Discover U.S. Forest Brasstown Wilderness Area - The Brasstown Wilderness is 12,896 acres. All of this wilderness is located in Georgia and is managed by the Forest Service. Stay and Play in GA!
The "capital of the Cherokee" is a steeply rugged Wilderness that drapes across the northern, northeastern, and southwestern flanks of 4,784-foot Brasstown Bald Mountain, the highest point in the state.
Here you'll find boulder fields, rock formations, and streams cascading through narrow gorges, giving way periodically to waterfalls. Second-growth hardwoods dominate this flora-rich region, highlighted in spring and summer by a profusion of wildflowers.
Native trout can be found in some of the 14.1 miles of stream. Deer, squirrels, and grouse scurry about the banks, with smaller populations of black bears, woodcocks, and wild turkeys. The threatened or endangered New England cottontail rabbit, southeastern shrew, and pygmy shrew also seek shelter here.
Hikers tend to stick to the only developed trails in the area: the steep 5.5-mile Arkaqua National Recreation Trail, which begins at the Brasstown Bald parking area just outside the Wilderness, and the 4.5-mile Jack's Knob National Recreation Trail, which ties the Appalachian Trail to the same parking lot. During periods of heavy visitation, noise from the Brasstown Bald Visitors Center echoes through the Wilderness.
Contact: Brasstown Ranger District - Phone: 706-745-6928 - Address: 1881 Hwy 515, Blairsville, GA 30514
The Brasstown Wilderness is part of the 109 million acre National Wilderness Preservation System. This System of lands provides clean air, water, and habitat critical for rare and endangered plants and animals.
In wilderness, you can enjoy challenging recreational activities like hiking, backpacking, climbing, kayaking, canoeing, rafting, horse packing, bird watching, stargazing, and extraordinary opportunities for solitude. You play an important role in helping to "secure for the American people of present and future generations the benefits of an enduring resource of wilderness" as called for by the Congress of the United States through the Wilderness Act of 1964.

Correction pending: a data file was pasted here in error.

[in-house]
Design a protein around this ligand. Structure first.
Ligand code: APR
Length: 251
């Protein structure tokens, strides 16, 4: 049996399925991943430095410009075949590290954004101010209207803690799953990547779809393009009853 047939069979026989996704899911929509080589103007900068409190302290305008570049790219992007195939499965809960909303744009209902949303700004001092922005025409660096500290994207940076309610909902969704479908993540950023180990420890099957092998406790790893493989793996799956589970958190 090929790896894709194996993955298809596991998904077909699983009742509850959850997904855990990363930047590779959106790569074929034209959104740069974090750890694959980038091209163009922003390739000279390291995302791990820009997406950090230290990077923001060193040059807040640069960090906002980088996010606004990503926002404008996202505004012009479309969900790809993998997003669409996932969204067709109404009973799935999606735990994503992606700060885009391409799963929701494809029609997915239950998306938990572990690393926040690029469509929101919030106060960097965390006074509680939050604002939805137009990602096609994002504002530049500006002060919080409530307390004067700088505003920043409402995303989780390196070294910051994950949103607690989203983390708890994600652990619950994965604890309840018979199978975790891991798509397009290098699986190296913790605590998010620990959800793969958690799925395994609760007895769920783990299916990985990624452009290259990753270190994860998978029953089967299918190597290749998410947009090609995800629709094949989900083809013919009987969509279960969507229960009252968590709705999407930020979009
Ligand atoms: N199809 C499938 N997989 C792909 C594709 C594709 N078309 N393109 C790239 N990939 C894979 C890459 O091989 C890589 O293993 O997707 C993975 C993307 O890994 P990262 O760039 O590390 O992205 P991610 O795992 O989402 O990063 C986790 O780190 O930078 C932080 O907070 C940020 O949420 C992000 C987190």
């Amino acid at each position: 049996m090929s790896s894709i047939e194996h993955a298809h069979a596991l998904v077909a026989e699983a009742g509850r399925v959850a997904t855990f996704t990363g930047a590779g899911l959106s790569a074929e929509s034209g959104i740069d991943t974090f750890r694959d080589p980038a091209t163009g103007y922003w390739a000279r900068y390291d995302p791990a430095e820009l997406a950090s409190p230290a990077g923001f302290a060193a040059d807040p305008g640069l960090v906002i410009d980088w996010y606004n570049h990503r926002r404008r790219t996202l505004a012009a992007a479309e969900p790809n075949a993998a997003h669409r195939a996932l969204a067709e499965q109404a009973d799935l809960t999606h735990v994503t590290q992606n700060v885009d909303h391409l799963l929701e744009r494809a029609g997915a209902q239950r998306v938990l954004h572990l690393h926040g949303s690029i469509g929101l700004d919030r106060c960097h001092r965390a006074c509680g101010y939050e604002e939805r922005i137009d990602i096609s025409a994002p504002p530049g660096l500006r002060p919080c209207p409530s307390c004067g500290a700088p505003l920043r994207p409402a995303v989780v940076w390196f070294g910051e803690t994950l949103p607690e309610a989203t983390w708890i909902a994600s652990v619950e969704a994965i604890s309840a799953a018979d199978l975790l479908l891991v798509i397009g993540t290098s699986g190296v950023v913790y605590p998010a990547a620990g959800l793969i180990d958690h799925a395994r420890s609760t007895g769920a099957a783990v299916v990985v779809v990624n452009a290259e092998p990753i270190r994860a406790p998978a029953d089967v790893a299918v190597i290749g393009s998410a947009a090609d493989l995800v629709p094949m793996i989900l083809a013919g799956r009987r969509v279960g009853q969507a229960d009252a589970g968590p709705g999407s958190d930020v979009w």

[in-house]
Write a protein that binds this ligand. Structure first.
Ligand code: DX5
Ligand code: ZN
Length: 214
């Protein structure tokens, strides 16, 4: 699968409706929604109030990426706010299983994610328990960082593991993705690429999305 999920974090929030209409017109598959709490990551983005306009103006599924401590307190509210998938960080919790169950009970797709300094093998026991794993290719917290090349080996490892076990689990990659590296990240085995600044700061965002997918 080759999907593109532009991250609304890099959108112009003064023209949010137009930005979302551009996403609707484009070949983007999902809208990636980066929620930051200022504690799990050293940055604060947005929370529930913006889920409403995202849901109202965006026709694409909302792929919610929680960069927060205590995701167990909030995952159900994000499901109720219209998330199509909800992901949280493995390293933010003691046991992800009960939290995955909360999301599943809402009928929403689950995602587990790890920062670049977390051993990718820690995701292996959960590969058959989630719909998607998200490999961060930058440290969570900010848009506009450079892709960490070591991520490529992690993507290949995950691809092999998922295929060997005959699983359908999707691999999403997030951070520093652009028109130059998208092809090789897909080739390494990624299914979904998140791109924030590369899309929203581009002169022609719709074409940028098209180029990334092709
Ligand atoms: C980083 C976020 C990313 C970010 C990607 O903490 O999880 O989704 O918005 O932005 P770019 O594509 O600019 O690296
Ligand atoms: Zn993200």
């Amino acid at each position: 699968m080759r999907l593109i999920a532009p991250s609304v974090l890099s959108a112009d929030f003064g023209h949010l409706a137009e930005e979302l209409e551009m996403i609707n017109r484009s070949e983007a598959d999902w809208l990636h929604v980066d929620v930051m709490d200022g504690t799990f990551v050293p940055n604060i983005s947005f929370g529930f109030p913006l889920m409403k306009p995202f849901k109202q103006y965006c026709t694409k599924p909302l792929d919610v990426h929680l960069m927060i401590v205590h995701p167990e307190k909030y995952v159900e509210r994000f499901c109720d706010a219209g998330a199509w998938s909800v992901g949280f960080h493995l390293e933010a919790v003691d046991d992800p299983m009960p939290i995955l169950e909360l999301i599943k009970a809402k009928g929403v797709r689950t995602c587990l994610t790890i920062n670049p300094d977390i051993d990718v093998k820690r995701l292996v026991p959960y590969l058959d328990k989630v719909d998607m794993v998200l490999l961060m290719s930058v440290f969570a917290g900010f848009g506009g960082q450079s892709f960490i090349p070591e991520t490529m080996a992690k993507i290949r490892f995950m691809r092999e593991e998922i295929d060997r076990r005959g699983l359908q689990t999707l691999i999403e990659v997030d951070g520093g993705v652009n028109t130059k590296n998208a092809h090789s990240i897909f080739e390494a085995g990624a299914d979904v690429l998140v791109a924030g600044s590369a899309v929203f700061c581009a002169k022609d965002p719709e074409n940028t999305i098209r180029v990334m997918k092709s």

Please follow the requirements outlined below and use Leave No Trace techniques when visiting the Brasstown Wilderness to ensure protection of this unique area.
General Wilderness Prohibitions
Motorized equipment and equipment used for mechanical transport is generally prohibited on all federal lands designated as wilderness. This includes the use of motor vehicles, motorboats, motorized equipment, bicycles, hang gliders, wagons, carts, portage wheels, and the landing of aircraft including helicopters, unless provided for in specific legislation.
In a few areas some exceptions allowing the use of motorized equipment or mechanical transport are described in the special regulations in effect for a specific area. Contact the Forest Service office for more specific information.
These general prohibitions have been implemented for all national forest wildernesses in order to implement the provisions of the Wilderness Act of 1964. The Wilderness Act requires management of human-caused impacts and protection of the area's wilderness character to insure that it is "unimpaired for the future use and enjoyment as wilderness." Use of the equipment listed as prohibited in wilderness is inconsistent with the provision in the Wilderness Act which mandates opportunities for solitude or primitive recreation and that wilderness is a place that is in contrast with areas where people and their works are dominant.
Wilderness managers often need to take action to limit the impacts caused by visitor activities in order to protect the natural conditions of wilderness as required by the Wilderness Act of 1964. Managers typically implement 'indirect' types of actions such as information and education measures before selecting more restrictive measures. When regulations are necessary, they are implemented with the specific intent of balancing the need to preserve the character of the wilderness while providing for the use and enjoyment of wilderness.
The following wilderness regulations are in effect for this area. Not all regulations are in effect for every wilderness. Contact the Forest Service office for more specific information about the regulations listed.
Stock grazing prohibited Dogs Restricted - Must be leased and under control
Stock Use Prohibited - No hitching or tethering Possessing or using a saddle, pack, or draft animal on developed trails which hs been closed to use by horses and is posted as prohibited. Then hitching, tethering or hobbling a horse or other saddle or pack animal, closer than 50 feet from a stream or body of water is prohibited.
The priority for the Forest Service during the 1960's and 1970's was to restore badly eroded lands on the Oconee and restore forest health. During the 1960's construction efforts were undertaken to provide developed recreation areas within 50 miles of every major town. Brasstown Bald Visitor Information Center atop Georgia's highest mountain and Warwomen Dell are examples of areas built as a result of this effort.
The next four decades saw increased environmental legislation that governs management of the national forests to protect environmental quality and insure public involvement in the process. Wilderness areas were preserved, Wild and Scenic Rivers designated, and experts in natural resource management were employed to help meet the challenges. While the way we do things have changed many times over the years, our tradition of stewardship--caring for the land and serving people, is the same.